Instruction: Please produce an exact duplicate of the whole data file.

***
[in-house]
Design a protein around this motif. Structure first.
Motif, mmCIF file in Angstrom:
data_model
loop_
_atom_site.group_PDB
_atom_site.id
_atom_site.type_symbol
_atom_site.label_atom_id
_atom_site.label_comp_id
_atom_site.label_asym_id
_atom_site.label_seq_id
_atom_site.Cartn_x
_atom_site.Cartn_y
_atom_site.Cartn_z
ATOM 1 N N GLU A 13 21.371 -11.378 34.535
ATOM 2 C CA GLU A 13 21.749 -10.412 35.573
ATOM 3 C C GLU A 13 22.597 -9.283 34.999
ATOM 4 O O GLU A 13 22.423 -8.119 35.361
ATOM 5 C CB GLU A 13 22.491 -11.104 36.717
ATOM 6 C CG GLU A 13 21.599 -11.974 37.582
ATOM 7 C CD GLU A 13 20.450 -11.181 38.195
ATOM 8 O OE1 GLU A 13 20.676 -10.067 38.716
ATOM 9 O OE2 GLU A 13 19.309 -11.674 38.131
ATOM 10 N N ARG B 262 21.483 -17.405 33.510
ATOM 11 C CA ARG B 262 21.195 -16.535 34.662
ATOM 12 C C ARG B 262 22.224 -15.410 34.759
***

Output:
[in-house]
Design a protein around this motif. Structure first.
Motif, mmCIF file in Angstrom:
data_model
loop_
_atom_site.group_PDB
_atom_site.id
_atom_site.type_symbol
_atom_site.label_atom_id
_atom_site.label_comp_id
_atom_site.label_asym_id
_atom_site.label_seq_id
_atom_site.Cartn_x
_atom_site.Cartn_y
_atom_site.Cartn_z
ATOM 1 N N GLU A 13 21.371 -11.378 34.535
ATOM 2 C CA GLU A 13 21.749 -10.412 35.573
ATOM 3 C C GLU A 13 22.597 -9.283 34.999
ATOM 4 O O GLU A 13 22.423 -8.119 35.361
ATOM 5 C CB GLU A 13 22.491 -11.104 36.717
ATOM 6 C CG GLU A 13 21.599 -11.974 37.582
ATOM 7 C CD GLU A 13 20.450 -11.181 38.195
ATOM 8 O OE1 GLU A 13 20.676 -10.067 38.716
ATOM 9 O OE2 GLU A 13 19.309 -11.674 38.131
ATOM 10 N N ARG B 262 21.483 -17.405 33.510
ATOM 11 C CA ARG B 262 21.195 -16.535 34.662
ATOM 12 C C ARG B 262 22.224 -15.410 34.759